Cook This Now
I first heard of Randy Christensen, MD, when Diane Rehm interviewed him on her show, discussing Ask Me Why I Hurt. “Dr. Randy” is medical director of Crews’n Healthmobile, a mobile medical clinic providing health care for homeless youth in Phoenix, AZ. In this book, Christensen tells the true stories of many of the young people he’s treated on the healthmobile, changing names and identifying characteristics, of course, to protect the privacy of his patients.
We learn early on where the book gets its title, when “Mary” appears outside the van, wearing a beaded bracelet, with the words “ask me why I hurt” spelled out in block letters. Mary nervously avoided the doctor’s direct questions, so it took a while for Dr. Randy to build enough rapport with her to trust he could ask the question, without her running away. When Mary did finally answer him, after several stops to the mobile, he learned she’d been seriously sexually abused by her father. Mary’s and the other teenagers’ stories told in this book are both heartbreaking and heartwarming, as many of them do ultimately find reason to hope and ways to heal.
I take exception to the subtitle: “the Kids Nobody Wants and the Doctor who Heals Them.” To say this book is about the kids nobody wants isn’t the whole truth. Many of the young people seeking health care at Crews’n have experienced serious neglect and/or abuse, often at the hands of family members, that is true. Yet, Mary finds sanctuary and a second chance with her aunt; ultimately, we learn that she goes on to finish her education and complete a master’s degree. Donald—a boy whose father beat him so severely he sustained permanent brain damage--gains a loving family and caring community when Pastor and Mrs. Richardson take him in. Then there are all the workers from HomeBase, a shelter for teens, and UMOM, a shelter for homeless families, who help teens prepare for adult life, via GED and life skills education.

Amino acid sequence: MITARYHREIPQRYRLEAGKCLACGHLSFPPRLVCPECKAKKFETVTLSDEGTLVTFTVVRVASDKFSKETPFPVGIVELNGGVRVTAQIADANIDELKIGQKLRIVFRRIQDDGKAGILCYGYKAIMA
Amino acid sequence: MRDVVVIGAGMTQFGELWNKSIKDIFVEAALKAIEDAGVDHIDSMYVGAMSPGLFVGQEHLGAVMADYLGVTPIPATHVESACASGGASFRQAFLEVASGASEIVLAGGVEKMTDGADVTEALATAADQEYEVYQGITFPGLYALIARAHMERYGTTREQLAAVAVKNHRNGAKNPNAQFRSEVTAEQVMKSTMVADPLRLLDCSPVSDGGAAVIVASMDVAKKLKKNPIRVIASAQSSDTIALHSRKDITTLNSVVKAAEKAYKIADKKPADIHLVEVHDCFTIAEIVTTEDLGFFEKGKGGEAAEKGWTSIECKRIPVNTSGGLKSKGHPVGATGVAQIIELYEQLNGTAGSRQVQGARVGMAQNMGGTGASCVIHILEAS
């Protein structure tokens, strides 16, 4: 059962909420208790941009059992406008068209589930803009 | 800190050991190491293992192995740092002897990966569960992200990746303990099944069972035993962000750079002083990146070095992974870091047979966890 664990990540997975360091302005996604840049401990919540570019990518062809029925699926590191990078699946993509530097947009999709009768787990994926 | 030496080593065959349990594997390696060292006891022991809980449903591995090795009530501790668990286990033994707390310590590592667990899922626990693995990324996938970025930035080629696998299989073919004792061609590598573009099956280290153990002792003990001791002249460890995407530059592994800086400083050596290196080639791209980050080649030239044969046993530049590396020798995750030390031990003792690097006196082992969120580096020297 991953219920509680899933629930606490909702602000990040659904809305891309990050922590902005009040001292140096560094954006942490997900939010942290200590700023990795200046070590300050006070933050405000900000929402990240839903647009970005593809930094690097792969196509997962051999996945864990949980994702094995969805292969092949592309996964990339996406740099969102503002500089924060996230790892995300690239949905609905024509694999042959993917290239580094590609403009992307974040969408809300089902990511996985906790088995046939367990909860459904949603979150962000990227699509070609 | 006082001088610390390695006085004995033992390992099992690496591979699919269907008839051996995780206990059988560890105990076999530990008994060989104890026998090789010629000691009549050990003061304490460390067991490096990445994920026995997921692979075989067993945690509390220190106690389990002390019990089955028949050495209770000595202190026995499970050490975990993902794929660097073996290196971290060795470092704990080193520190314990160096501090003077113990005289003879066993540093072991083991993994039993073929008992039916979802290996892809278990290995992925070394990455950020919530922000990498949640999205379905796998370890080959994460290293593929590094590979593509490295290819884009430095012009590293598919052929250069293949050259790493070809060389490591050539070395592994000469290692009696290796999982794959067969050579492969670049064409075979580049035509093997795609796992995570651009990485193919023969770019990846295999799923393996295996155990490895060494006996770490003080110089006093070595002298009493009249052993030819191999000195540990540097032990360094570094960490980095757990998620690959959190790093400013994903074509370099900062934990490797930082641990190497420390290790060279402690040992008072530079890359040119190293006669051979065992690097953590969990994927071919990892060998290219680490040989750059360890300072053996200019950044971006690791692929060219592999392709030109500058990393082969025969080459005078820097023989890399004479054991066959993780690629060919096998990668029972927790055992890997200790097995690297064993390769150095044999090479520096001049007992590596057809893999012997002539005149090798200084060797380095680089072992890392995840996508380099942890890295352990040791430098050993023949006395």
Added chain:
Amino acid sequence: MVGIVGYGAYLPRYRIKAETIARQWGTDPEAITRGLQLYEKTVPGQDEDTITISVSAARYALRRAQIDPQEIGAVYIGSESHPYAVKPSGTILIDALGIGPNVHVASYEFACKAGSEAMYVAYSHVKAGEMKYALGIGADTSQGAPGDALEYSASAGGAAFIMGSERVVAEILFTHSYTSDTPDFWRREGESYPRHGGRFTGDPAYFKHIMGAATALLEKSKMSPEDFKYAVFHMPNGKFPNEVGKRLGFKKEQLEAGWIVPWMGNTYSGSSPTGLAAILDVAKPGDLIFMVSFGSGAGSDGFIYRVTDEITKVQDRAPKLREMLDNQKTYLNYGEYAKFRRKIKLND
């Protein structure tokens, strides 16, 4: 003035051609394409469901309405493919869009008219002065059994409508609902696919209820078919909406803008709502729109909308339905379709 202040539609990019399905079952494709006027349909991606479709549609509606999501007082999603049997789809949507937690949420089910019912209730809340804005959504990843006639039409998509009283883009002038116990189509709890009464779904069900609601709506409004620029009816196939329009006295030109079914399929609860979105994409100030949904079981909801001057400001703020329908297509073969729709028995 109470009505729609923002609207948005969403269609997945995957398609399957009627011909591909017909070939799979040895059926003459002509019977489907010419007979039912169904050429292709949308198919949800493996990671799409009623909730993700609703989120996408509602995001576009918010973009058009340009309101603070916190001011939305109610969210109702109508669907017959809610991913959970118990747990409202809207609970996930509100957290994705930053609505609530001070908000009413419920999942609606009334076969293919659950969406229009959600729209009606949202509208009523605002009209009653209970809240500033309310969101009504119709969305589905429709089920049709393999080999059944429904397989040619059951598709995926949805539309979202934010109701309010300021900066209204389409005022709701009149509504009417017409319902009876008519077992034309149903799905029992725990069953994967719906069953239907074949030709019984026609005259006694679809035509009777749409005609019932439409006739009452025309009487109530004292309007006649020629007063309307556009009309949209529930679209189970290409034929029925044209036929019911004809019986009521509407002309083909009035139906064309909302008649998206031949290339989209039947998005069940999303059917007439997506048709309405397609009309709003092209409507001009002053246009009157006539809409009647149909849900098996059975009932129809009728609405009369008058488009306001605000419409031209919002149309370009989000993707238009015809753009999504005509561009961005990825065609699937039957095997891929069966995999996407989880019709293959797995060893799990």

To my mind, the book isn’t really about Randy Christensen. Granted, he shared autobiographical details that help the reader understand the stresses of trying to balance family life with the particular challenges of his chosen career. And yes, as I read the story, I came to care about him, as well as the kids that visit the van. The book is written in first-person narrative, but the main reason for the book is that these young people matter, their stories matter, and Christensen felt they needed to be heard. Christensen shows us that there are a lot of young people suffering, there's a desperate need for more services and protection for them, and yet there are many people who care and are helping teens-at-risk make positive changes in their lives.
Ask Me Why I Hurt